This article contains translated text and the factual accuracy of the translation should be checked by someone fluent in Esperanto and English.
The Esperanto movement, less commonly referred to as Esperantism (Esperanto: Esperantismo), is a movement to disseminate the use of the planned international language Esperanto. The movement does not aim to supplant national languages but merely to supplement them. The movement is sometimes used to describe all speakers of Esperanto including their culture, which is not a correct use of the sociological term movement.[why?]
Esperanto has been placed in a few proposed political situations. The most popular of these is the former minor party Europe—Democracy—Esperanto, which aims to establish Esperanto as the official language of the European Union. Grin's Report, published in 2005 by François Grin found that the use of the English language as the lingua franca within the European Union costs billions annually and significantly benefits English-speaking countries financially. The report considered a scenario where Esperanto would be the lingua franca and found that it would have many advantages, particularly economically speaking, as well as ideologically.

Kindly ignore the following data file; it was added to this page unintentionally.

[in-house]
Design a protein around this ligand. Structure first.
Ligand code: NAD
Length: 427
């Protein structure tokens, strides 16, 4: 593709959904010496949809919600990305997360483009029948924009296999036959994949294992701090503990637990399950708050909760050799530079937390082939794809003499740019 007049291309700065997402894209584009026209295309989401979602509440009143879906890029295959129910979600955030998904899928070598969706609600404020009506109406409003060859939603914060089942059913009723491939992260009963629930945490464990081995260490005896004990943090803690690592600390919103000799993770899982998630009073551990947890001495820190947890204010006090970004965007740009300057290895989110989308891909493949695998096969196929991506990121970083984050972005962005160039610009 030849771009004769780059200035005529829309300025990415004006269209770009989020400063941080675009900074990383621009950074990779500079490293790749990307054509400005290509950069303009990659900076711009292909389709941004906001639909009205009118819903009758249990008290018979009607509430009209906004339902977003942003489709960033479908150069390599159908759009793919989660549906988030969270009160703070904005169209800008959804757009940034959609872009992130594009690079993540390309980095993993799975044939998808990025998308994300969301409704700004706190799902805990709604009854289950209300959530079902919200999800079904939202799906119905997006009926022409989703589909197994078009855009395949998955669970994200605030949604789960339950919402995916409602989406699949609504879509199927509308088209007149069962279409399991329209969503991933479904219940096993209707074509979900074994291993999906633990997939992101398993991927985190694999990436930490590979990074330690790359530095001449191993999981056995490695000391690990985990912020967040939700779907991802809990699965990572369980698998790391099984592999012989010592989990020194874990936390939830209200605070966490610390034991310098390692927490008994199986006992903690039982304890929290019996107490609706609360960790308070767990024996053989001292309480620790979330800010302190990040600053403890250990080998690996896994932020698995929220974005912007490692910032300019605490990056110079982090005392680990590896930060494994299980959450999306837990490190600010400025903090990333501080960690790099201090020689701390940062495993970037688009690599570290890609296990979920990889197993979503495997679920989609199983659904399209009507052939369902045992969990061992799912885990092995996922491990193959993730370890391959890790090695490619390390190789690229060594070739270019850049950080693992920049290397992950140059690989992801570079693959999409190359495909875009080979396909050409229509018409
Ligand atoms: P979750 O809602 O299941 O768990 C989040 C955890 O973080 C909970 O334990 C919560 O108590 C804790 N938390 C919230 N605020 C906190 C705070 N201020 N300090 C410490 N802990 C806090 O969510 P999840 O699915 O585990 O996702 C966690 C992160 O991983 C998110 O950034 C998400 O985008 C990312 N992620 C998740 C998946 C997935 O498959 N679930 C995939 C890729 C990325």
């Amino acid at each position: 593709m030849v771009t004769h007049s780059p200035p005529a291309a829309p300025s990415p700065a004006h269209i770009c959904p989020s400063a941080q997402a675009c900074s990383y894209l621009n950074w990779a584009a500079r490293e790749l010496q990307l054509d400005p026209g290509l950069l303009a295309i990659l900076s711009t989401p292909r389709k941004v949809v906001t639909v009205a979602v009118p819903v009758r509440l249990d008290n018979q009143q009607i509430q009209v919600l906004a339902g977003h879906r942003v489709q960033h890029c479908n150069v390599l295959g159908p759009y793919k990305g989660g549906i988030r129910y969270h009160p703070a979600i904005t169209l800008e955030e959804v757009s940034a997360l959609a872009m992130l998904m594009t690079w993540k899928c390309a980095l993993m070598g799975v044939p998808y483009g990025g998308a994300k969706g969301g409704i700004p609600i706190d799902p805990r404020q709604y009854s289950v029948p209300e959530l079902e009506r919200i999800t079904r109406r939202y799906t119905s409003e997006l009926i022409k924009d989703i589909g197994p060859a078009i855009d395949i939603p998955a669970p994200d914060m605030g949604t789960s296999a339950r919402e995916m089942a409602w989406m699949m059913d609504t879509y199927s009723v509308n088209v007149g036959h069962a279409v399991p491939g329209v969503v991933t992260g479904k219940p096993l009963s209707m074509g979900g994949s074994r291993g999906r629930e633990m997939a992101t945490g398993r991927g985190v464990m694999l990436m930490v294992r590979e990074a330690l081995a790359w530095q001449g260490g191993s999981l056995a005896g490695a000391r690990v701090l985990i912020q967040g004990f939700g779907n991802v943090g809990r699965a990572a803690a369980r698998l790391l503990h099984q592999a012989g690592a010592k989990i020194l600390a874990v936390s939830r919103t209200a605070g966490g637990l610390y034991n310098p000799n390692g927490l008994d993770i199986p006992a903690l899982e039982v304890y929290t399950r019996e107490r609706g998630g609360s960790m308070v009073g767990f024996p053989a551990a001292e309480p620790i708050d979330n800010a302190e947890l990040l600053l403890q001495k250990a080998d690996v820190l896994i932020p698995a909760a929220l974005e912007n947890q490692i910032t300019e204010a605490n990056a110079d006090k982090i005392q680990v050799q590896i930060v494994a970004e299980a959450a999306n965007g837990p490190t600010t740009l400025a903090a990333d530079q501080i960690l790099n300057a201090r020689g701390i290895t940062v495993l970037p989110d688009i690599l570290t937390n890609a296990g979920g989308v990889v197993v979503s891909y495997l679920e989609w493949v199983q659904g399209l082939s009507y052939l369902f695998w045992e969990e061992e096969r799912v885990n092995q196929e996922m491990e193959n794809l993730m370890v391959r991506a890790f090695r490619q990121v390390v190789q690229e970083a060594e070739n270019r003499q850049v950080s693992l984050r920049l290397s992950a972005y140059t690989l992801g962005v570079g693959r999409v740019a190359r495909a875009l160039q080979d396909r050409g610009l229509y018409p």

- The Esperanto Book, Chapter 9: "The Literary Scene" by Don Harlow. 1995.